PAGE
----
Teachers for Teachers | Slice of Life: A Cautionary Tale … Do You Want to Know Their Every Move? #SOL18
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Slice of Life: A Cautionary Tale … Do You Want to Know Their Every Move? #SOL18

I check my phone again.  Nothing.  It is too early to call.  I am sure he is fine.

I check again.  Nothing.

I will go for a run.  That will distract me.  By the time I get back he will be up.  He will text or call.

Six miles later, no text, no call.

I clean the kitchen. I make coffee. I walk the dog.  I start laundry.

I leave my phone in my office.  Maybe if I stop looking he will text – watched pot and all.

Nothing.

It is now two hours after when he was supposed to leave.  Panic sets in.

I go upstairs.

 

Chris.  Chris!  Wake up.

He rolls over and tries to pry his eyes open. I stare at him thinking it will speed up the process.

What’s wrong?

Jack hasn’t called or texted..  He said he was going to text when they got back last night and he didn’t text.  That is not like him.  He also said they were getting up early today to head back.  They have something for a class.  He said he would text before they left.  He didn’t text. I texted him several times and he did not respond.  He should almost be home if he left when he said they would so it is weird there is no text.  He usually checks in.  Do you think he is ok?  I am worried.  What if they never got home? Why wouldn’t he text?  Even if his phone died he has a charger in the car.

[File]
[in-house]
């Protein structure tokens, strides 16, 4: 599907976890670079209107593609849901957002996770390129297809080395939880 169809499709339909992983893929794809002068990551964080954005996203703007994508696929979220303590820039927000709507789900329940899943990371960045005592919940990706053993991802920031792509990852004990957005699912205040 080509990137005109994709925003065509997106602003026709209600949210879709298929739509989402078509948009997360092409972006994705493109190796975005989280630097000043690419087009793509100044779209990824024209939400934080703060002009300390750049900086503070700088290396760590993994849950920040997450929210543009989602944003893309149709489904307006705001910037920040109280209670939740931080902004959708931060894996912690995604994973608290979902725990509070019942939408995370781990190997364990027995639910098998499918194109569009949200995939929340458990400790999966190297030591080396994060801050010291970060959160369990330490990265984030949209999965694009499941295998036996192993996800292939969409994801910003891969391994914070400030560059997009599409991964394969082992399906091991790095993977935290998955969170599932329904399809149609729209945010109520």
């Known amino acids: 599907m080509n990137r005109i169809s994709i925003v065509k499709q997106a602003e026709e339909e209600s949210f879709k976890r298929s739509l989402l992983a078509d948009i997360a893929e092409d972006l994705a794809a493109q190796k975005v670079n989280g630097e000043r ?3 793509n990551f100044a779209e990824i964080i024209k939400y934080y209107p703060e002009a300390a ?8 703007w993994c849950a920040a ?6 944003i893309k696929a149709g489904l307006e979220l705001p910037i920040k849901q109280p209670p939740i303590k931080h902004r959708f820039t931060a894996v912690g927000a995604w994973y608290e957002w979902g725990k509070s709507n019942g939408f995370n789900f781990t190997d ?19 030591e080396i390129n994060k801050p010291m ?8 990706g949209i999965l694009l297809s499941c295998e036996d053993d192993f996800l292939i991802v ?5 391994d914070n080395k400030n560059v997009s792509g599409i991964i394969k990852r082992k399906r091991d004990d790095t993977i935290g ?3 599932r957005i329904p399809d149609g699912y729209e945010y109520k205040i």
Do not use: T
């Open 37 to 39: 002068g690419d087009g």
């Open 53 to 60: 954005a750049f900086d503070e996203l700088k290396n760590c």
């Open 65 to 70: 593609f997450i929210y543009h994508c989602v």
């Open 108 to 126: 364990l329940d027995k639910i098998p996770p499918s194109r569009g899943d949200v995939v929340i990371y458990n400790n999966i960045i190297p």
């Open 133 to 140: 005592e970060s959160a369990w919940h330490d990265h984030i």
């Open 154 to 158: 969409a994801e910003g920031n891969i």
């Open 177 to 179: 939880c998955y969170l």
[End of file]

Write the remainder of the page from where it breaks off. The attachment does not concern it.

The words continue to spew from my mouth effortlessly.  I notice his eyes are still not completely open.  It is clear he is not keeping up with my train of thought.

What time is it?

9:00. 

Did you text him?

Of course! Aren’t you listening?

He senses he is not completely following our one-sided conversation.  He tries to sit up.

I’m really worried.

I hear that.  Maybe he is still asleep.

I think you are still asleep.  Aren’t you listening at all? 

I am sure he is fine.  Did you check Find my iPhone?

Silence.

That is the best you have for me.  I have been worrying for three hours.  Don’t you think that occurred to me? 

I just thought…

I would love to use Find my iPhone.  You know it would make me feel better to know where he is.  I had to resist using it … for three hours!

I think it is ok in this circumstance.

Clearly, he wants this and me to go away until his brain catches up with my mouth.

You know I made a decision not to use it.  I think, for me, it will be a slippery slope.  I would track everyone in my life to know they are safe if I could, but that is not healthy.  He is almost 18.  I am not tracking him.  It is not right.

He nods, still struggling to process.

I wait.

He responds, I think it is ok this one time.  You have a good reason.  Just check, you will see he is fine and you will feel better. 

I could have done that three hours ago.  Is that really what you are suggesting?

He gets up and goes downstairs to check his phone.  I wait. The tension is too much.  That little green circle is staring at me.  Taunting me.  Just click it.  Just this once.  My emotions get the best of me and I can’t resist.  I click it.

I wait, watching the buffering circle go round and round.  I wait and wait, quietly singing, “round and round and round it goes … where it stops nobody knows.”

 

AHHHHHH!

 

Chris runs up the stairs. What’s wrong? What happened?

I show him my phone.  He takes it from my hand and regret spreads across his face. This did not go as he had planned.

His phone is in the middle of the ocean and it was last updated at 11:42 pm last night!!  He’s dead!

Now Chris is fully awake and realizing his suggestion may not have been prudent.  He tries to calm me and get in control of the situation he has created.